Background Aloe vera is a functional food with various pharmacological functions, including an immune-modulating effect. Until now, A. vera has never been studied as an adjuvant in influenza vaccine, and its effects on upper respiratory tract infection (URI) are unknown. Purpose The objective of our study was to investigate the effect of processed A. vera gel (PAG) on immunogenicity of quadrivalent inactivated influenza vaccine and URI in healthy adults. Study design A randomized, double-blind, placebo-controlled clinical trial was performed. Methods This study was conducted in 100 healthy adults at a single center from September 2017 to May 2018. Subjects were randomly divided into a PAG group (n = 50) and a placebo group (n = 50). The enrolled subjects were instructed to ingest the study drug for 8 weeks. The participants received a single dose of quadrivalent inactivated influenza vaccine after taking the study drug for the first 4 weeks of the study. The primary endpoint was seroprotection rate against at least one viral strain at 4 weeks post-vaccination. Other outcomes were seroprotection rate at 24 weeks post-vaccination, seroconversion rate, geometric mean fold increase (GMFI) at 4 and 24 weeks post-vaccination, seroprotection rate ratio and geometric mean titer ratio (GMTR) at 4 weeks post-vaccination between PAG and placebo groups, and incidence, severity, and duration of URI. Results The European Committee for proprietary medicinal products (CPMP) evaluation criteria were met at least one in the PAG and placebo groups for all strains. However, there was no significant difference in the seroprotection rate at 4 weeks post-vaccination against all strains in both PAG and placebo groups. Among secondary endpoints, the GMFI at 4 weeks post-vaccination for the A/H3N2 was significantly higher in the PAG than in placebo group. The GMTR as adjuvant effect was 1.382 (95% CI, 1.014-1.1883). Kaplan–Meier curve analysis showed a reduction in incidence of URI (p = 0.035), and a generalized estimating equation model identified a decrease in repeated URI events (odds ratio 0.57; 95% CI, 0.39-0.83; p = 0.003) in the PAG group. Conclusions Oral intake of PAG did not show a significant increase in seroprotection rate from an immunogenicity perspective. However, it reduced the number of URI episodes. A well-designed further study is needed on the effect of PAG's antibody response against A/H3N2 in the future.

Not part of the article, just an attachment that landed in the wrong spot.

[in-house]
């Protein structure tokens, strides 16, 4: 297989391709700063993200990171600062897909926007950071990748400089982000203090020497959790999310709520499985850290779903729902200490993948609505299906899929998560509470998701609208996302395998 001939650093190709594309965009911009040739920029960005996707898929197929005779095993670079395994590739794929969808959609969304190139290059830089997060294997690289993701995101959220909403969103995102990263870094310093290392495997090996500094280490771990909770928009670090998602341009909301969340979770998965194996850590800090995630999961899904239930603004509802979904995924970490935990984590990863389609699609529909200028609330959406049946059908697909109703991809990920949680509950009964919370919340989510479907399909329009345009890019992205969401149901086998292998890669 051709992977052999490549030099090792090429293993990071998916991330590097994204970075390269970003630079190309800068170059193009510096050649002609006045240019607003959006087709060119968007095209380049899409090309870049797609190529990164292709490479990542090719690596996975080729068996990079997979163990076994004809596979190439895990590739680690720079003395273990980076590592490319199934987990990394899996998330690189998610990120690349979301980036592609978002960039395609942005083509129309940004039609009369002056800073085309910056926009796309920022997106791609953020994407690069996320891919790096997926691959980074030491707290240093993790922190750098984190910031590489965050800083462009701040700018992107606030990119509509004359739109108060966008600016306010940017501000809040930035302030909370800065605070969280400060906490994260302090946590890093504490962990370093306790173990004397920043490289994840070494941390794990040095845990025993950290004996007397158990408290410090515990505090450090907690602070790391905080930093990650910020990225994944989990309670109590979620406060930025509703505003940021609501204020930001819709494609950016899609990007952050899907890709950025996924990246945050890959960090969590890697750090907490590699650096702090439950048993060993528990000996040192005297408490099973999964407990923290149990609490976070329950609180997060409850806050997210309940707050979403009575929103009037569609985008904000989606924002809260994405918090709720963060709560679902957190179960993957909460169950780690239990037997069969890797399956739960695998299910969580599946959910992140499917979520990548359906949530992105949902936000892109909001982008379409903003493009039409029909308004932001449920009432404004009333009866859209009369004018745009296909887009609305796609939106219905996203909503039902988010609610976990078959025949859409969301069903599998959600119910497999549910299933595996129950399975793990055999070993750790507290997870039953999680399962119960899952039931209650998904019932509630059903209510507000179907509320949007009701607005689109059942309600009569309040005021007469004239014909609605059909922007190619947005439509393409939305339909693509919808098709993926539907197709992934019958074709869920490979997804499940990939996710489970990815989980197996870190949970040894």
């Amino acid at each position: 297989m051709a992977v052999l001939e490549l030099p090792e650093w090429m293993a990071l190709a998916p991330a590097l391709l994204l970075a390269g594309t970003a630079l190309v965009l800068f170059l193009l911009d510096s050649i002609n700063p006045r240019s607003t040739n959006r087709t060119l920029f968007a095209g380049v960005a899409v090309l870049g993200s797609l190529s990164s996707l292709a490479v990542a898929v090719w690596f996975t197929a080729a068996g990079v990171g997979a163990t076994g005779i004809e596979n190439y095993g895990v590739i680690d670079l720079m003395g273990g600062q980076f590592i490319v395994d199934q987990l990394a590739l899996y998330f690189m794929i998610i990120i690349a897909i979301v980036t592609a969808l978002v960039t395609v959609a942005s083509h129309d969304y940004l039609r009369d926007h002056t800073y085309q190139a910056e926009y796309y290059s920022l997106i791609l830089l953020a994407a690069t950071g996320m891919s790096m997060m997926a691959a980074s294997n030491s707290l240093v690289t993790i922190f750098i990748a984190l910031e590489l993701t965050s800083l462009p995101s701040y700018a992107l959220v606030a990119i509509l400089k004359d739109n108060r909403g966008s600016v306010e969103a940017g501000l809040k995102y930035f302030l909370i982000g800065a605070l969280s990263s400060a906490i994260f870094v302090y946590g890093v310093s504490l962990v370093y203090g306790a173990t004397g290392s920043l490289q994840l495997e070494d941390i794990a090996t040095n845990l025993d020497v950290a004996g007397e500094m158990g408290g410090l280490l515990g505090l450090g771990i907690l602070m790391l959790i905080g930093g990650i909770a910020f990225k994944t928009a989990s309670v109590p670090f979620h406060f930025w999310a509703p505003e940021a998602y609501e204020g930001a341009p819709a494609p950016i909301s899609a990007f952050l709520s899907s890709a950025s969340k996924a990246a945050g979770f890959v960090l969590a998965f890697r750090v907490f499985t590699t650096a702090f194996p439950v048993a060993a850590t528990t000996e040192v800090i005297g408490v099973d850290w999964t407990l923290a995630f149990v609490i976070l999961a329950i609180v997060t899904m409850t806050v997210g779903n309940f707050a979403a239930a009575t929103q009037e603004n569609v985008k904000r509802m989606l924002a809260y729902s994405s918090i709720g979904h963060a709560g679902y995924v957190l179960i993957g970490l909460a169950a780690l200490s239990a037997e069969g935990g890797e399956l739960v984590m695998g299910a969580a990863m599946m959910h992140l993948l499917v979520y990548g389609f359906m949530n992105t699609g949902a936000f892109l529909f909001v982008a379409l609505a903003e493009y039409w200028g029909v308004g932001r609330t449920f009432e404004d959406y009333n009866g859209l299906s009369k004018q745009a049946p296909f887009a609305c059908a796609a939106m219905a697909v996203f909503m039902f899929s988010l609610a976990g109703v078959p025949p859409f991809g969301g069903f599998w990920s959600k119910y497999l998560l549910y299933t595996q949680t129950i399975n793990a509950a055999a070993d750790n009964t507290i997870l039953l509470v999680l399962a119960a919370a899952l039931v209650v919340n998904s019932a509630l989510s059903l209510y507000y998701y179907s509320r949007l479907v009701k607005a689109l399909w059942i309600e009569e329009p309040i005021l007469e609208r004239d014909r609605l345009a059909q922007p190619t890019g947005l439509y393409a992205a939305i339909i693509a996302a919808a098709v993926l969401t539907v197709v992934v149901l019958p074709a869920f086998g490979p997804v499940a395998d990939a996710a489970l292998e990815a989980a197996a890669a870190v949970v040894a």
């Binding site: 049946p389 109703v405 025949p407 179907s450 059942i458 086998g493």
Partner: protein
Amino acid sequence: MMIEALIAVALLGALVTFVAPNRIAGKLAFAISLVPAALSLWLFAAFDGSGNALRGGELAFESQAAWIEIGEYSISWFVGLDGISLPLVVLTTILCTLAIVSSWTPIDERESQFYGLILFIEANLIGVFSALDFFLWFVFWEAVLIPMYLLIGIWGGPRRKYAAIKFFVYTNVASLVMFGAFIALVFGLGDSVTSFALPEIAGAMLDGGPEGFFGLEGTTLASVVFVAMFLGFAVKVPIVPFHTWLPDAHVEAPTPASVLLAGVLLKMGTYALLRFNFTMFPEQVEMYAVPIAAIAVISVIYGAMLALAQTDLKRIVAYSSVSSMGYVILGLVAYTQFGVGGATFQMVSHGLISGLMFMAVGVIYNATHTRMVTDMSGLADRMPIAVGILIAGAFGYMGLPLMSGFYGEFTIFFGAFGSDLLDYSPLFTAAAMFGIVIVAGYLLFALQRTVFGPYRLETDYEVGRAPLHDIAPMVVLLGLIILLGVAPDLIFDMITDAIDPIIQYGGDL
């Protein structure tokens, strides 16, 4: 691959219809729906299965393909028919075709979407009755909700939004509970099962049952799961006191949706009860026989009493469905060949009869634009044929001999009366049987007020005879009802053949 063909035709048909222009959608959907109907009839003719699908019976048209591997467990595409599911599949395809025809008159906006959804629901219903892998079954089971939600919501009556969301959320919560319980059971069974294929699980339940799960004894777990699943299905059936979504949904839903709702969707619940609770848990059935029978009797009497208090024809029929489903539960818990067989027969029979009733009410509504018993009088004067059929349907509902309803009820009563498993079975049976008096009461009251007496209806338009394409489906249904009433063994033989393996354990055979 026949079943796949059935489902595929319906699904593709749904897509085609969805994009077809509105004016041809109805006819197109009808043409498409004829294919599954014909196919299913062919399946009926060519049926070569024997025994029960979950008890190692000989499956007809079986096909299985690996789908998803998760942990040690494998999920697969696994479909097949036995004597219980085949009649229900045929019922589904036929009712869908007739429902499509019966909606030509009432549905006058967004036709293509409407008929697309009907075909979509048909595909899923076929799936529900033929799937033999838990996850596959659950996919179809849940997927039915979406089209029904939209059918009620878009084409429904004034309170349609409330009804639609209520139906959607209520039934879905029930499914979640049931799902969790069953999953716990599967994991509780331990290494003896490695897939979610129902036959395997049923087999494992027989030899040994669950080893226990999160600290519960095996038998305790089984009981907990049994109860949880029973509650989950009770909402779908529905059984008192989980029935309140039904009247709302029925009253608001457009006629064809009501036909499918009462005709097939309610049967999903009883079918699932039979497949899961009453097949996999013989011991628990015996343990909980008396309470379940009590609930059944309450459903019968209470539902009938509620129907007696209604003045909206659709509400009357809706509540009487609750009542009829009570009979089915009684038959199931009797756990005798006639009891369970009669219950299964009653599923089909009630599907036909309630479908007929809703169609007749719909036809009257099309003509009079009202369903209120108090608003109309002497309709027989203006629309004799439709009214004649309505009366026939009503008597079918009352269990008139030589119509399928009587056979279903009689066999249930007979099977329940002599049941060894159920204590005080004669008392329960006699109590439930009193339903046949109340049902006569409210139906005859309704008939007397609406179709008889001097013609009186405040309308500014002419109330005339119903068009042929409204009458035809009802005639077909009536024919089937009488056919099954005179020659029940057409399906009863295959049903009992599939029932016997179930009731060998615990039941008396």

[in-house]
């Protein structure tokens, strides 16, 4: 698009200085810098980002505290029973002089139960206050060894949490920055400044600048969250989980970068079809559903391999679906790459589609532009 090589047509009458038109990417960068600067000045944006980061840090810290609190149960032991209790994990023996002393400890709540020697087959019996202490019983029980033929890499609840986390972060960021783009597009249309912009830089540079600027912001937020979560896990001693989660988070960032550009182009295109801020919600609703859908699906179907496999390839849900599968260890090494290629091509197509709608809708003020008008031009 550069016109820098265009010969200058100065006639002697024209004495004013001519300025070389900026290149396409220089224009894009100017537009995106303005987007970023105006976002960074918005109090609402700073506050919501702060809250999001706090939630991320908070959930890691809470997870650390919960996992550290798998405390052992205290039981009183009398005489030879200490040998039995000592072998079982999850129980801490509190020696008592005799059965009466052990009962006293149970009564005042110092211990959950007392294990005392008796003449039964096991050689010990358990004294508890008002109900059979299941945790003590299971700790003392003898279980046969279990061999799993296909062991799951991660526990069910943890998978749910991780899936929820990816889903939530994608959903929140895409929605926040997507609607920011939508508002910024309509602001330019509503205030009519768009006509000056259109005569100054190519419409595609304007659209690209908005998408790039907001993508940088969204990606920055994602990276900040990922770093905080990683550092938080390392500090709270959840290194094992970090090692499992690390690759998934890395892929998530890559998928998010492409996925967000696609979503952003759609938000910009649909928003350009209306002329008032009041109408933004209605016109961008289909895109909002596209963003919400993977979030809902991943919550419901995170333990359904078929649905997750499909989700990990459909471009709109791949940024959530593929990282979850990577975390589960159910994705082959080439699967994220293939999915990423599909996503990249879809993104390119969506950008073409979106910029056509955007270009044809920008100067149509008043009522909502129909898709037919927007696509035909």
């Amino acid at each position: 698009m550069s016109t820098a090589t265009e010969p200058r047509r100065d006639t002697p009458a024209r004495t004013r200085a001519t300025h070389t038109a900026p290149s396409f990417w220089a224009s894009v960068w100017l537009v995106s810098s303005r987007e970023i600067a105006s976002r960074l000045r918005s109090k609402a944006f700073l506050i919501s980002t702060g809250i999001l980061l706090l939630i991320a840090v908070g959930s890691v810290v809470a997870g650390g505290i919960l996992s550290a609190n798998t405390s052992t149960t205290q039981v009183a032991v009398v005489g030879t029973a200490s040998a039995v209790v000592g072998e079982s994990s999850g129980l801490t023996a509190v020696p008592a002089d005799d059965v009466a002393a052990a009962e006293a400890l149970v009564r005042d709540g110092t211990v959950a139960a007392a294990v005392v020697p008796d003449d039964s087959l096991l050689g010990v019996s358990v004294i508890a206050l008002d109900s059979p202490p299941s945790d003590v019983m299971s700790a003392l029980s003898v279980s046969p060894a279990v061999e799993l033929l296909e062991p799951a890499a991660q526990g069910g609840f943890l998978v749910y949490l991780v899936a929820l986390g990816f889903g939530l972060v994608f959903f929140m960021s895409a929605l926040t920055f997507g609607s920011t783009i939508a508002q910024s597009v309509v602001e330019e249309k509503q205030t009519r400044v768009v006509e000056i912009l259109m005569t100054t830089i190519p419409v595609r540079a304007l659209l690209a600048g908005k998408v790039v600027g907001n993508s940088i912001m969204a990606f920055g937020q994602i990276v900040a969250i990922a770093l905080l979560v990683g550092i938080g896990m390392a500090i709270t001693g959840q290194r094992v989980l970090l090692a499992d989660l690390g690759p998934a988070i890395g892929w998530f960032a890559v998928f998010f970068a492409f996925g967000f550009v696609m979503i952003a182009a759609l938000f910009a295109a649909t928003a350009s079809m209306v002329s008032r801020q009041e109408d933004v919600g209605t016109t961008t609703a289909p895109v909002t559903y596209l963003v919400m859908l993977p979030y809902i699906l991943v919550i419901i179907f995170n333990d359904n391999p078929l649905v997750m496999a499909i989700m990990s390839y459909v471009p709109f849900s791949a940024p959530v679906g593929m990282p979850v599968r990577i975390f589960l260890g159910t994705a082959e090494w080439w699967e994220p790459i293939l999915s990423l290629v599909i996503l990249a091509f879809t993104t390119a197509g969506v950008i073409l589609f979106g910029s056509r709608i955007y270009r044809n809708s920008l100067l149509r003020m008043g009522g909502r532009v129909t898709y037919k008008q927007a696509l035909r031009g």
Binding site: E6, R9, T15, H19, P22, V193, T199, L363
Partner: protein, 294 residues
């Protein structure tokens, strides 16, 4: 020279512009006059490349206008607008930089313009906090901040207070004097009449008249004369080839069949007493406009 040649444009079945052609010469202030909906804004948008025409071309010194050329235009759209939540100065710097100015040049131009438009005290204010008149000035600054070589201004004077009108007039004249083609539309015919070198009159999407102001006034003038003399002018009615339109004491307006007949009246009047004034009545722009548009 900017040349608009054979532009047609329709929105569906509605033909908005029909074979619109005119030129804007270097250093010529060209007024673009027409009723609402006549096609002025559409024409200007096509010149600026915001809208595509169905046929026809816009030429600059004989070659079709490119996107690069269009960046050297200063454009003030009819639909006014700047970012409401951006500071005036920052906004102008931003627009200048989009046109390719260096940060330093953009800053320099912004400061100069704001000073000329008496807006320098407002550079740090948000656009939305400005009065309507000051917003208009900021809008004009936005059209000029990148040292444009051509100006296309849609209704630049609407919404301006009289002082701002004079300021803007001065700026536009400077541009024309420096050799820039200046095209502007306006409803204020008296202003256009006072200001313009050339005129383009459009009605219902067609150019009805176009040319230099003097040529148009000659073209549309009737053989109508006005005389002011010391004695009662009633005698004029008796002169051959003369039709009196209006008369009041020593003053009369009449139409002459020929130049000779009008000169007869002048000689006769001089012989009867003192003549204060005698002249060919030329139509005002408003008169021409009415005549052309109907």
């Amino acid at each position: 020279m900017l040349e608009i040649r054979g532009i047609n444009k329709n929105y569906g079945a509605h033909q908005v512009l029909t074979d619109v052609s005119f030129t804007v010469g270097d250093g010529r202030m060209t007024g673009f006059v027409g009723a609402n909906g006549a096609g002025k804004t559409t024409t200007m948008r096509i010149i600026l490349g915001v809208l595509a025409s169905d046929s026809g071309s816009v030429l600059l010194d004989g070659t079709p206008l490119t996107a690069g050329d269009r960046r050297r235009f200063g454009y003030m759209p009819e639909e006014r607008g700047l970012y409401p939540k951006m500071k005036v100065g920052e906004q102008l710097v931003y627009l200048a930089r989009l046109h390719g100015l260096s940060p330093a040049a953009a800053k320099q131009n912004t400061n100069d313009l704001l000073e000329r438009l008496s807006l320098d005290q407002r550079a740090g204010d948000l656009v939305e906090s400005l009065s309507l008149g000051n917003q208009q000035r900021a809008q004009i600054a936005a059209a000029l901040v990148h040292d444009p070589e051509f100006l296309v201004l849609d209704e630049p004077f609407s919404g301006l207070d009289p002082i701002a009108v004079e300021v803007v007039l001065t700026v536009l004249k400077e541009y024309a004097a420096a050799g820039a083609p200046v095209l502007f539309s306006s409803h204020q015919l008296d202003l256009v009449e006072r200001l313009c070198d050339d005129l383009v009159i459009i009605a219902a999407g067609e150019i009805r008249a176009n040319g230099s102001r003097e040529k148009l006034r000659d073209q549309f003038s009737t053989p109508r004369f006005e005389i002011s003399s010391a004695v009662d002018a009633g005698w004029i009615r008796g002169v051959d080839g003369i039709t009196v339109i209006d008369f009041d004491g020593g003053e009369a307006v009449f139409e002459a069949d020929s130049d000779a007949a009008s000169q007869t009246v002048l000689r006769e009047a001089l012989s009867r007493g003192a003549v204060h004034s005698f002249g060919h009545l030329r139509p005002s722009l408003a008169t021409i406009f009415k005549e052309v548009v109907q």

Aloe vera is one of the few edible species in the genus Aloe, and its products are widely used in foods, cosmetics, health care products, medicines and other fields. Barbaloin is the highest content of anthraquinones in aloe, which has potential allergenicity, and it is one of the important indicators for the quality control of aloe-containing products. Aiming at resolving the problems of barbaloin instability, easy sensitization and high residue, the transformation and degradation mechanisms of barbaloin under different processing conditions (temperature, pH, food additives and metal ions) were studied in this research, and the toxicity of the products were evaluated. The results showed that the transformation and degradation of barbaloin can be significantly accelerated by high temperature, alkaline conditions, calcium chloride, carboxymethyl cellulose, Fe³⁺ and Mg²⁺ (p < 0.001). However, they can be significantly inhibited by the acidic environment and Pb²⁺ (p < 0.001). And the transformation and degradation of barbaloin in aloe powder were almost the same as those in the barbaloin aqueous solution. The main transformation and degradation products of barbaloin were isobarbaloin, aloe emodin, 10-Hydroxyalloin A and 10-Hydroxyalloin B, and the other two unknown products were isomers. And aloe emodin may have greater toxicity hazards and potential safety risks. The molecular electrostatic potential properties also indicated that the 10th carbon atom of barbaloin, isobarbaloin, 10-Hydroxyaloin A and 10-Hydroxyaloin B may be more likely to break chemical bonds and generate new transformation and degradation products. These research results can be applied to the control of barbaloin and aloe emodin in the processing of aloe-containing products, so as to provide the basis for the better development and utilization of aloe.